Atonement by Ian McEwan

Atonement

Briony Tallis has committed a crime, a crime against an old friend and a best friend, a crime which she will spend the rest of her life trying to atone.

Robbie Turner has realised something, something that was turn his world upside down and possible end it in a day. Cecilia Tallis has realised the same thing, gains same punishment which she will have to live with; for as long as she shall live.

Three lives, interwoven, broken and reliant on each other, Atonement explores shame and forgiveness, love and war and the truth of self.

I have had Atonement on loan from the library for four months, since September, and have renewed it from that time. Oh, how I wish I had read it earlier.

This book is full of description, but not the boring type such as in The Winter Ghosts, but the type that makes you ravenous for more, your eyes eating the words and a lip being gnawed upon as you flick the page, unable to stop. It’s the type of description where you are watching the action, but, nevertheless, can feel the sting of the nettles or the humid air sweating your skin.

Let’s start with the characters, beginning with Briony Tallis, the one who causes the events to rickochet into the turmoil we are left with. I hated her, absolutely hated her. And yet, I saw myself in her; the writer who doesn’t believe she is any good, the migraine plagued mother (not any more, thank goodness. You go, Botox), the adored sibling(s). But that doesn’t mean I disliked her any less. She is silly, to say the least: thinks she knows exactly what she is doing, all because she read an adult word in an adult letter and the imagination spiraled out of control. I hated her for what she did and for what she didn’t do at the time. And, whilst some people might think she atoned for her actions, I don’t. I know exactly what it is like to do something unforgivable, and I know that some actions can’t be repented.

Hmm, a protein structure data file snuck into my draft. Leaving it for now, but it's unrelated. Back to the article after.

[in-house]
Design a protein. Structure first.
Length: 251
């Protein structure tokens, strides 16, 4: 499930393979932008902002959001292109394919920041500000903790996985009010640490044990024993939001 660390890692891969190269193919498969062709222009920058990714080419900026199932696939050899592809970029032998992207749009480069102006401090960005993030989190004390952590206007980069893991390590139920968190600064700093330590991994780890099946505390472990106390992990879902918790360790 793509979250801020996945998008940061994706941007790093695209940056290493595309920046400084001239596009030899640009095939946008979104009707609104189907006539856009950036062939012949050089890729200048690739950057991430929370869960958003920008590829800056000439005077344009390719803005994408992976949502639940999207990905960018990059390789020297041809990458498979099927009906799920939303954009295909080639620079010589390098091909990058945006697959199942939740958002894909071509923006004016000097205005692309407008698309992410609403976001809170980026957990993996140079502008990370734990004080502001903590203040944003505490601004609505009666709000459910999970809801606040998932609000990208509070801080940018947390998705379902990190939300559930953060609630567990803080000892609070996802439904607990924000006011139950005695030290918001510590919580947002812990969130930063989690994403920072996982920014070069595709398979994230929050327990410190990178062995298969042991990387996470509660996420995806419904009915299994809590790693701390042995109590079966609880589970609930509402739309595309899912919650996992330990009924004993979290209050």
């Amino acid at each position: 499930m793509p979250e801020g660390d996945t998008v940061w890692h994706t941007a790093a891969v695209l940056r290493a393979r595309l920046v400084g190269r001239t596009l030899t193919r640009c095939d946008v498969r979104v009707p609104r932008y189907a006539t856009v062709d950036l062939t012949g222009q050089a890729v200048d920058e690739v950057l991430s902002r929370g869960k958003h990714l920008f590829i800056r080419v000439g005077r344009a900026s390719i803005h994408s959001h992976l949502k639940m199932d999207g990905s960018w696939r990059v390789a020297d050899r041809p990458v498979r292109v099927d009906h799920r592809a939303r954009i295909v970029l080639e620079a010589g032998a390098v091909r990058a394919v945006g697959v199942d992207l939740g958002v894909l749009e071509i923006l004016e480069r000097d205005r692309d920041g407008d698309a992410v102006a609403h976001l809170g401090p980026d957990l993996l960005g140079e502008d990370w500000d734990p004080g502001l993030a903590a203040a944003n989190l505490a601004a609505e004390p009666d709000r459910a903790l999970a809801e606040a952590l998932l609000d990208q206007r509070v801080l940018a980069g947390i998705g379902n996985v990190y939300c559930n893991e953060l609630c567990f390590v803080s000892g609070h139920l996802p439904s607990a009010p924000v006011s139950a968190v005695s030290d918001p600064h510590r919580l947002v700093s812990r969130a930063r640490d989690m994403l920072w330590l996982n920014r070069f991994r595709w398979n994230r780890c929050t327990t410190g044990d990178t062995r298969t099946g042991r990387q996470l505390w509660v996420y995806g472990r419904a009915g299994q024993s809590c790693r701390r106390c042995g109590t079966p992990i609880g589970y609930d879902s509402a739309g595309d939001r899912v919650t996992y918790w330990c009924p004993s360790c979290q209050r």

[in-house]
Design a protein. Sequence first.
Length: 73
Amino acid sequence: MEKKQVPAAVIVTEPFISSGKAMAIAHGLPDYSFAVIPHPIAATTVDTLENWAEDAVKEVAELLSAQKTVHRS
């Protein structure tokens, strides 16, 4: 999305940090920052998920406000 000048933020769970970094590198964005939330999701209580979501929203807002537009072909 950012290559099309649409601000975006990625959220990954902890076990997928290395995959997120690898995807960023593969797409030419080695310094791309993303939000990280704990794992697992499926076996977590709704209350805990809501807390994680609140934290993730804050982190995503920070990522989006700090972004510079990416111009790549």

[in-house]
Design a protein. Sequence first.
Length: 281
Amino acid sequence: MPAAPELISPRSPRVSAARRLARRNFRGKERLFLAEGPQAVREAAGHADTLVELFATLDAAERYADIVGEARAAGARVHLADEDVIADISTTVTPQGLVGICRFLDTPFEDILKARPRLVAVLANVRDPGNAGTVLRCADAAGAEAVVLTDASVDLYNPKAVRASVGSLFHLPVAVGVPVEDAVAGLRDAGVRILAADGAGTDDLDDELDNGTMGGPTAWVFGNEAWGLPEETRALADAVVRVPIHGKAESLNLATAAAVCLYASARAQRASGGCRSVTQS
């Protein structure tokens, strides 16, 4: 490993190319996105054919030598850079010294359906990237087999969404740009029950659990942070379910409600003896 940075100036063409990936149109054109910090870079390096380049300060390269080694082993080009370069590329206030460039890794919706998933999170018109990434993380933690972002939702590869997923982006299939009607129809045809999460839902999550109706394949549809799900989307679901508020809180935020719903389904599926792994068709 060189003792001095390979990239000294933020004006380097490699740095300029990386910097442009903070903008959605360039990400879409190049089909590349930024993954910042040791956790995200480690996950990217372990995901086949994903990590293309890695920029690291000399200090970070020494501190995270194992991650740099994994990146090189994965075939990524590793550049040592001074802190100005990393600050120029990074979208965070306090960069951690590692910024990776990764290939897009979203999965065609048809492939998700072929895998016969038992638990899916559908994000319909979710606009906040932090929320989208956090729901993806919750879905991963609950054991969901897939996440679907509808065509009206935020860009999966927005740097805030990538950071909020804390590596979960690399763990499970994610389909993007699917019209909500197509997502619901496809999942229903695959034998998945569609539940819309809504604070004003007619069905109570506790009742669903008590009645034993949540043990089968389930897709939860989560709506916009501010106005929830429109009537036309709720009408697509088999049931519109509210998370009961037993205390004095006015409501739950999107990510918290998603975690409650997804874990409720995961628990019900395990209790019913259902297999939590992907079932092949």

Robbie Turner was my sweet heart. I loved him to pieces, sobbed my heart out, not only in the book but in the film, and this may have fuelled my anger at Briony. Robbie’s crime was loving, that and that alone. He was catapulted into a world he should never have seen, and war clearly takes its toll on anyone, let alone a boy so young and lost.

Cecilia Tallis wasn’t completely to my liking, but didn’t completely turn me off. I preferred her in the book as opposed to the film, but her romance with Robbie was perfect: “Come back, Robbie. Come back to me.”

Other supporting characters gave me a mixture of love and hate, such as Mrs Tallis (in the beginning) opposed to Paul Marshall. However, what I have to say for McEwan is that all the characters were like living, breathing people, 3D lives and 3D personalities.

Onto the story, which was laughable in places and tearful in others. Atonement is told in three parts: part one has chapters and is told from the point of view of different characters, in events leading up to the crimes. Part two focusses on Robbie in France. And part three goes back to Briony, years later. There is also a kind of epilogue at the end (which, by the way, practically ripped my heart from my socket).

The story was heartbreaking but beautiful and I really, truly loved it. My only wish was that the ending had been different, and if you read it you will hopefully understand what I mean!

I would definitely recommend this book, and I would even go as a far as saying that Atonement is up in my list of top 5 favourite books this year, perhaps even ever. I definitely have to get my own copy, so I can note the pages I adore; and I will try my hardest to make sure that isn’t the entire book.


One of my favourite quotes from Atonement comes from Part Two, page 209 if you have the hardback pictured, in which Robbie recollects a letter from Cecilia. Here it is:

I’m honestly happy with my new life and my new friends. I feel I can breathe now. Most of all, I have you to live for. Realistically, there had to be a choice – you or them. How could it be both? I’ve never had a moment’s doubt. I love you. I believe in you completely. You are my dearest one, my reason for life. Cee.

And another, on page 213, reads:

You’re in my thoughts ever minute. I love you. I’ll wait for you. Come back. Cee.

Whilst these quotes make it seem to be a gushy romance, Atonement is actually be very dark in places, and there are parts which are not for the faint-hearted. Romance isn’t the start or the end of anything; other factors are always at play. And it’s these other factors that give the novel it’s life and ventilation.

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3 thoughts on “Atonement by Ian McEwan

  1. Pingback: Top Ten Books For Readers Who Like Historical Fiction | Hannah Brown

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